# convolution vs correlation?

Apparently this question looks better for DSP SE but I am posting it here to get answer in simple words for those EE graduates who didn't studied signal processing in undergrad.

Apparently as far as math expression is concerned, both are somehow similar but what is difference between correlation and convolution?

I have tried to google but I also come across a term "kernel".

What is meant by "kernel" in this regard? Is it same thing as a filter or any other entity?

Cross-correlation and convolution both have an integral of a product of 2 signals. But they have totally different base ideas. Convolution makes a new signal, a function of time. Cross-correlation compares two signals over their whole lengths. The result is not a function of time, but a function of the delay parameter.

Cross-correlation is a measure for "do 2 signals have the same or approximately same polarity variation rhythm". Both signals must have no DC ie. they must both have average=0 if this is wanted to be something meaningful. The parameter of the correlation is how much one of the signals is delayed.

If you calculate the cross-correlation of 2 signals which are made by applying different filterings to a common source signal the resulted function has a strong peak with delay = the difference of delays caused by the filterings.

In electronics terminology the cross-correlation of 2 signals can be considered to be the DC component of the ideal mix (=multiply) of 2 signals when one of the signals is delayed. The used delay is the parameter.

Convolution is time domain calculation of the response of a filter. Its idea is to present the input signal as a sum of short pulses which do not overlap. Everyone of the pulses initiate the impulse response of the filter but the amplitude is proportional to the pulse amplitude. The total response is the sum of the pulse responses and that sum is the convolution integral.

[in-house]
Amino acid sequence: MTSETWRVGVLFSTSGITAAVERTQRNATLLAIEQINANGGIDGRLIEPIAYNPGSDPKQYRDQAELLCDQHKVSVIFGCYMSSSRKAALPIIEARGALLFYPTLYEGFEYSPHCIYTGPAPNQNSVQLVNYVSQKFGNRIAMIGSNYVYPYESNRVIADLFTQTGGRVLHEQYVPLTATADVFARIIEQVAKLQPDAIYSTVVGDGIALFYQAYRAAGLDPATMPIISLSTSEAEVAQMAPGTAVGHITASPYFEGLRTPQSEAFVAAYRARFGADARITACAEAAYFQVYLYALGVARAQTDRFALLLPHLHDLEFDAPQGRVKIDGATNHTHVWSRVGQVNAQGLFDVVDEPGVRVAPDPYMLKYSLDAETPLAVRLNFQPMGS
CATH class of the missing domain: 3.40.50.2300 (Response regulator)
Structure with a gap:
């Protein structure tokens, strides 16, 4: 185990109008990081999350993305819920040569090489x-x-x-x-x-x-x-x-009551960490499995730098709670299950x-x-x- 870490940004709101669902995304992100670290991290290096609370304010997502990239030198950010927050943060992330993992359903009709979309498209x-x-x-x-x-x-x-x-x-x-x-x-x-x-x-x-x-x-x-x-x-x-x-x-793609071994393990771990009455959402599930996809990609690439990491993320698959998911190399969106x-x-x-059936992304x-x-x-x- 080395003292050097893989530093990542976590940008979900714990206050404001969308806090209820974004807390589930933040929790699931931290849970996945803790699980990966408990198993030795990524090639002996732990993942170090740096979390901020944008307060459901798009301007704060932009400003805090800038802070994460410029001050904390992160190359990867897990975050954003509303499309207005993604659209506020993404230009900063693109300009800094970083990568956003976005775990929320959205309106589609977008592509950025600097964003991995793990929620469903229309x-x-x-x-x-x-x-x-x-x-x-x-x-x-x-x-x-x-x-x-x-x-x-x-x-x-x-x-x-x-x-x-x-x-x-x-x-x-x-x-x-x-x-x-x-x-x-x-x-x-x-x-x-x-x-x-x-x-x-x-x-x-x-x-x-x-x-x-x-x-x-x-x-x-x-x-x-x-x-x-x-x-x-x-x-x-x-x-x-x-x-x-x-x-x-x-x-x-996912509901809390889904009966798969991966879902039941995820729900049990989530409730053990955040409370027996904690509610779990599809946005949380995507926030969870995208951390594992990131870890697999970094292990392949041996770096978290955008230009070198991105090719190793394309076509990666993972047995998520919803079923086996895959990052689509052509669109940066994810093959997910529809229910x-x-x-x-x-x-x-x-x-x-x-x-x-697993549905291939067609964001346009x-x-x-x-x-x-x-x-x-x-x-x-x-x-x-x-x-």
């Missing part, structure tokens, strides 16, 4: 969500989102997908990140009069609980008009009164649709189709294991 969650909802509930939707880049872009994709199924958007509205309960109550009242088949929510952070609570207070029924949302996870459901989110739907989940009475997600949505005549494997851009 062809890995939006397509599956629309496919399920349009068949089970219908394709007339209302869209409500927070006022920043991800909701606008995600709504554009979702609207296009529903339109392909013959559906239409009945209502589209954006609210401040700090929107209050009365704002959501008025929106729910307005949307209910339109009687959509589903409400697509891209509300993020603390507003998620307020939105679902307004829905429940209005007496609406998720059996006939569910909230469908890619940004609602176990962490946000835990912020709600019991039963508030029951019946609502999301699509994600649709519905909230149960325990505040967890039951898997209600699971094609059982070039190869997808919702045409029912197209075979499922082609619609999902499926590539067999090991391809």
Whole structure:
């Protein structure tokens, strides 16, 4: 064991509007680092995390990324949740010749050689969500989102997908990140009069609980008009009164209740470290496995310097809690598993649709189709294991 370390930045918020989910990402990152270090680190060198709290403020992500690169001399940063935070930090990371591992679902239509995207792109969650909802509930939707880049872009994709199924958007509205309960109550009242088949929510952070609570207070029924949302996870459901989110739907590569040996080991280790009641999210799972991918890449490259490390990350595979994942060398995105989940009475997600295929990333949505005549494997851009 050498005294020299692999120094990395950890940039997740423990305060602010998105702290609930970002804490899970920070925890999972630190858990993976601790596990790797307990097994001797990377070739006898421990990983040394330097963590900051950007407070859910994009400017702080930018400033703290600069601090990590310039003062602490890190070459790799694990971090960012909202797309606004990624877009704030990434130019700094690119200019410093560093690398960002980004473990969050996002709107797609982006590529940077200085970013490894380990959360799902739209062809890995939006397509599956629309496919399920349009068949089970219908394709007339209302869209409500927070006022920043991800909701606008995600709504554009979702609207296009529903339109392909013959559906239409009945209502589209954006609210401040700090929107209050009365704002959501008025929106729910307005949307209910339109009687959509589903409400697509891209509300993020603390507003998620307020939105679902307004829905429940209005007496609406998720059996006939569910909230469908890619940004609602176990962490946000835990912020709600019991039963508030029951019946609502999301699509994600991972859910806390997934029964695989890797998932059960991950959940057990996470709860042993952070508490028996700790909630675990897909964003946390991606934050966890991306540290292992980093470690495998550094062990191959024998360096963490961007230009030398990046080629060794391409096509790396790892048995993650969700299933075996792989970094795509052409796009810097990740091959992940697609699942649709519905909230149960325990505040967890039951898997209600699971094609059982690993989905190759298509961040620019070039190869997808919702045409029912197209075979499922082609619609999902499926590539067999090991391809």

The kernel is a term in math. In integral transforms the input function is multiplied with the kernel function. Laplace transform has kernel=exp(-st). Integral transforms are general form of linear transformations when functions are considered as vectors in function space.

If one calculates the time domain response of a filter for a signal X with convolution he formally applies an integral transform to X. The kernel is the impulse response of the filter. It's in accordance with function space linear algebra terminology because filterings are linear transformations.

Convolution requires folding one of the time functions about the vertical axis; correlation does not. That is, $$\\small f(\tau)\$$ becomes $$\\small f(t-\tau)\$$. A small, but significant, difference.

Convolution and Correlation are very similar, except that in convolution, one of the functions is flipped about the t=0 axis (or x=0 axis in the spatial domain).

The 'kernel' is just one of those function, and is typically the one you flip. In the case of applying a single filter in the time domain, the kernel is the filter function.

You might wonder why would anyone bother to define a separate concept as 'convolution' that is so similar to 'correlation.' The short answer is that this need to flip the function about its axis before calculating the correlation comes up so often and is so central to engineering and physics (more specifically Linear Response Theory), that is it has its own name. A lot of great properties are known about it and how it relates to important operations in the Fourier and Laplace domains.